Kenneth Gourlay Uganda Collection


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  • Type


  • Duration


  • Cultures

    Karamojong (Jie)

  • Shelf mark

    2CDR0006137 (copy of C105/10)

  • Recording date


  • Is part of (Collection)

    Ken Gourlay collection

  • Recording locations

    Wertakau village, east of Kotido, Karamoja, Uganda

  • Recordist

    Oduka, Ahmed

  • Description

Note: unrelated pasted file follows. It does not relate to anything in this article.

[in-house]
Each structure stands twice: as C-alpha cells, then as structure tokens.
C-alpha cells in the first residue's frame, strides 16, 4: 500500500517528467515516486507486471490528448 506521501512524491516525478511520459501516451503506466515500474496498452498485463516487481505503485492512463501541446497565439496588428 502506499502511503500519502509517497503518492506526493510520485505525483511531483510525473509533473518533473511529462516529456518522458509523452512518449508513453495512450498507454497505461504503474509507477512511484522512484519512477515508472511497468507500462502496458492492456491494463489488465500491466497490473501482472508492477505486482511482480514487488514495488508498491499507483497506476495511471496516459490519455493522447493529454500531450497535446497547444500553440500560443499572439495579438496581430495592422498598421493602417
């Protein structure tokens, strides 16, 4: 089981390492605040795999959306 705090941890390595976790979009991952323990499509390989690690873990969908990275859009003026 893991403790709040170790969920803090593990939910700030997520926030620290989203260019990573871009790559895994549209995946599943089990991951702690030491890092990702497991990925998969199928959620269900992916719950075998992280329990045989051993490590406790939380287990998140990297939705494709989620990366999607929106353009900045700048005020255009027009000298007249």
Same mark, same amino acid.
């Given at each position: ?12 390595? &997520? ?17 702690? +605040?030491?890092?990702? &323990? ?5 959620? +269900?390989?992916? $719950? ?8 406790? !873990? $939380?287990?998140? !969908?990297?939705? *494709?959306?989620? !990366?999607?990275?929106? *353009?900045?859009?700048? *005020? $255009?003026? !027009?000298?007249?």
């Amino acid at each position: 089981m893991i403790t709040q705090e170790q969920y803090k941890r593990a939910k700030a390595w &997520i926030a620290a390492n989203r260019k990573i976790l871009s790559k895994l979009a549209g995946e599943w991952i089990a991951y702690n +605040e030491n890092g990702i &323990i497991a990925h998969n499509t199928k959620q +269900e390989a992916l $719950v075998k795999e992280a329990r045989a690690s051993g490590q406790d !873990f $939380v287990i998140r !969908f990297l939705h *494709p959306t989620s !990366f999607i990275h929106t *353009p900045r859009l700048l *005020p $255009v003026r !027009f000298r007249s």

Recorded outdoors by Ahmed Oduka as continuation of the African Studies Programme visit to Karamoja. Notes and data by Ken A Gourlay. Women's group: Jie Song for Elilea dance, normally sung by men and women, here by women only. O emoru Nakapelimoru - O rock of Nakapelimoru; Liliri jie - the alarum has reached Jie; Anom alakari ngajie - (When the rock) burns, the Jie will be happy; Eru Najie emoru ye - all Jie salutes the rock; Nakapelimoru - of Nakapelimoru; Eruo / Lokanyum / emoru ye / lokasi / lokapel / emoru ye nakapelimoru - The killing place of enemies / that other mountain / another fighting place / Lokapel Rock / salutes the rock of Nakapelimoru. The whole of Karamoja is sprinkled with rocky outcrops (inselbergs) of various sizes, many of which have ritual significance. Wertakau Village is situated in the shelter of Nakapelimoru, i.e. Nakapel Rock (moru). The rock is said to burn either because the enemy has been killed or from the kindling of ritual fire. The latter would, however, be more probable at Moru Ewur at Losilau; Note of performance by John Blacking: 'The women stood in a half-circle, jigging up and down, every now and then one advanced into the centre towards the mikes, brandishing the left arm'. The 'up-and-down' movement is typical of the elilea dance which is now almost extinct. Brandishing of the left arm is a means of offering a challenge to someone, usually to demonstrate their ability in dancing.

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